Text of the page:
BlackRock’s Larry Fink: Finicky Corporate Boards And U.S. Government Holding Back The U.S. Economy

“One of the worst trends in America is the duration of the CEO term is right around five years,” the CEO of the world’s largest asset manager told a conference for a securities industry trade group.

Toru Hanai / Reuters

The biggest money manger in the world, whose company oversees just under $2 trillion in stock investments thinks that shareholder-friendly policies — generous buybacks and dividends and short CEO terms that encourage executives to hit their earnings and stock-price targets — are partially to blame for a weak economy that isn’t investing for long-term growth.

In a question and answer session with Bloomberg TV’s Trish Regan at the annual conference for the Securities Industry and Financial Markets Association (SIFMA), a financial industry trade group, Larry Fink, the CEO of BlackRock, an asset manager that oversees $3.8 trillion, put the blame for meager growth and job creation at the feet of gridlock, uncertainty about economic policy, along with short-sighted CEOs and boards.

While Fink said that long-term investment by companies had fallen and not recovered, the stock market is still buoyant, with the S&P 500 up almost 24 percent on the year.

But Fink said this was largely due to CEOs and boards buying back massive amounts of stock or paying out large dividends to shareholders. “The stock market continues to rally, CEOs are buying back stocks and dividends, but the reality is that it does not create vibrance in the economy,” he said.

Many CEOs like to blame everything from health care reform to Dodd-Frank for CEO skittishness about hiring and long-term investment, but Fink argued that how many companies are governed, with CEOs accountable for short-term stock results, has led to an investment and expenditure drought. “One of the worst trends in America is the duration of the CEO term is right around five years,” Fink said. “But they only have a short period of time to prove they’re deserving of that role.”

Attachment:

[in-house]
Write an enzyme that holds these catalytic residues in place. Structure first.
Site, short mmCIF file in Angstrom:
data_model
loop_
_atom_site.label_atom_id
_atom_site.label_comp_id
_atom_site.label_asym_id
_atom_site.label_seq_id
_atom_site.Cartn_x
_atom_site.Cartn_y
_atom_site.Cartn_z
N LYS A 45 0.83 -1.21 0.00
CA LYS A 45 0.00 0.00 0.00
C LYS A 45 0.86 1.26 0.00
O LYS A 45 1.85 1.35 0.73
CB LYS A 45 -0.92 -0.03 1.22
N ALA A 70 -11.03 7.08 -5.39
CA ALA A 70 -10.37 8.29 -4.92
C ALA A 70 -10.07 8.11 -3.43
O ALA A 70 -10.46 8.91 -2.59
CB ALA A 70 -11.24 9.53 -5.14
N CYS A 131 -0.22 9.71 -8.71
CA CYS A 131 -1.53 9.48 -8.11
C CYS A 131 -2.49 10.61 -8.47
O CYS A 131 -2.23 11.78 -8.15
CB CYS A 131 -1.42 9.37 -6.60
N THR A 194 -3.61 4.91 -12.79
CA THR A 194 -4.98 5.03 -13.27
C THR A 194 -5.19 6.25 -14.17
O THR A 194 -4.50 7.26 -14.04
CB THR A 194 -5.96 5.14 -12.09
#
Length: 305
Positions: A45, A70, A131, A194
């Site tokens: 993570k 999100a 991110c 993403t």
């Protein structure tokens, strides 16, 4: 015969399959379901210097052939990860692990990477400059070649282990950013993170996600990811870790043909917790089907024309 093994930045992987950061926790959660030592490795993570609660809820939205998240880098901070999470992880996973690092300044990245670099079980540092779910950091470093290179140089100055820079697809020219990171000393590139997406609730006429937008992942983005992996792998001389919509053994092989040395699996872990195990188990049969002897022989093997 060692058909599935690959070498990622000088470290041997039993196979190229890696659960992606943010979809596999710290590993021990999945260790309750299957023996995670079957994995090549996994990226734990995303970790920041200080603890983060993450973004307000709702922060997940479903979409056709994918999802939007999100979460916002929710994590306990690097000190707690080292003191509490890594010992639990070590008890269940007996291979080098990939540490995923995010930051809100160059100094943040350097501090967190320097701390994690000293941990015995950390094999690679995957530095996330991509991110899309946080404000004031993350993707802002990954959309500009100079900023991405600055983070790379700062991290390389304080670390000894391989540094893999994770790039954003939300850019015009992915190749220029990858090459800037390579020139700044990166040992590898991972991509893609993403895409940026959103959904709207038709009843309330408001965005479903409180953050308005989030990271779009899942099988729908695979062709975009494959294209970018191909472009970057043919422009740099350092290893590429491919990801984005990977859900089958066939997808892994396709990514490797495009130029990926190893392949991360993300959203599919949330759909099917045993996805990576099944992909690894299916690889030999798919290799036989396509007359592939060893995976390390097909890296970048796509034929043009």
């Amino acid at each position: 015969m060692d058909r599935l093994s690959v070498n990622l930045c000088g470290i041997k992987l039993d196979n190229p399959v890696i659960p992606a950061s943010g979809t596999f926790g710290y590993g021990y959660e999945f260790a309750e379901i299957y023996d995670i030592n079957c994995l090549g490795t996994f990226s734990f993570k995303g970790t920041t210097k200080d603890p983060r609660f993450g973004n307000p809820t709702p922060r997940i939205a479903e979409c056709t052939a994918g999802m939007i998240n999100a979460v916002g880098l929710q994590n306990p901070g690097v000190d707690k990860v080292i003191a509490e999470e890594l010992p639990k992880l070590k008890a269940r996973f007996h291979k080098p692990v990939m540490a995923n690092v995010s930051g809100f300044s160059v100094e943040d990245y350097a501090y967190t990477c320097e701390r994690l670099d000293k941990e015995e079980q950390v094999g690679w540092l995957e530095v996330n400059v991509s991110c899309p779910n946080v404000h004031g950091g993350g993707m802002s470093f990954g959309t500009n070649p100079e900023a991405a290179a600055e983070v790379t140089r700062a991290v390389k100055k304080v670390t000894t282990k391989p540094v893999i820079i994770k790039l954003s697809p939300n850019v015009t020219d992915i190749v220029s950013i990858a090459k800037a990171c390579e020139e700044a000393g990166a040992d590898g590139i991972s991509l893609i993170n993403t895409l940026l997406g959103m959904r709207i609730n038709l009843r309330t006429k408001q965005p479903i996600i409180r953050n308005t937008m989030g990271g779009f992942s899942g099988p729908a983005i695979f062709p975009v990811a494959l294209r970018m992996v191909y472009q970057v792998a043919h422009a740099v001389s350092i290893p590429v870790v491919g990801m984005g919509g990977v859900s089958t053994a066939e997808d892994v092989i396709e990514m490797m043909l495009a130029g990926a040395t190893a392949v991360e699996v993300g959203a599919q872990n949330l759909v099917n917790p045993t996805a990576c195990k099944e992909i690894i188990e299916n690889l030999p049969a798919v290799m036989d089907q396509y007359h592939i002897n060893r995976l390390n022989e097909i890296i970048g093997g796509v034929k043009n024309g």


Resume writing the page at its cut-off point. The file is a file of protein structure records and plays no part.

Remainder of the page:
The result is practices that give shareholders something immediate and tangible, Fink said. “It’s easy to award your shareholders by doing stock repurchases and dividend increases.”

There have been $415 billion in share repurchases in the last year, according to FactSet, and a 12.3% jump in quarterly total repurchases from the second quarter of last year.

Billionaire investor Carl Icahn has mounted a public campaign to get Apple to borrow money to repurchase $150 billion worth of stock. Apple already announced a $100 billion dividend and buyback program that will run through the end of 2015.

Fink is also a lifelong Democrat and his firm BlackRock is a sometime advisor to governments, but that didn’t stop him from hammering Washington for casting a pall of uncertainty over CEOs, a complaint in corporate circles.

“This dysfunction in Washington has created uncertainty on the individual level for CEOs and this uncertainty is playing out in the job market and in capital expenditures,” Fink said. “Washington is not giving us the leadership to give the comfort to make those investments.”

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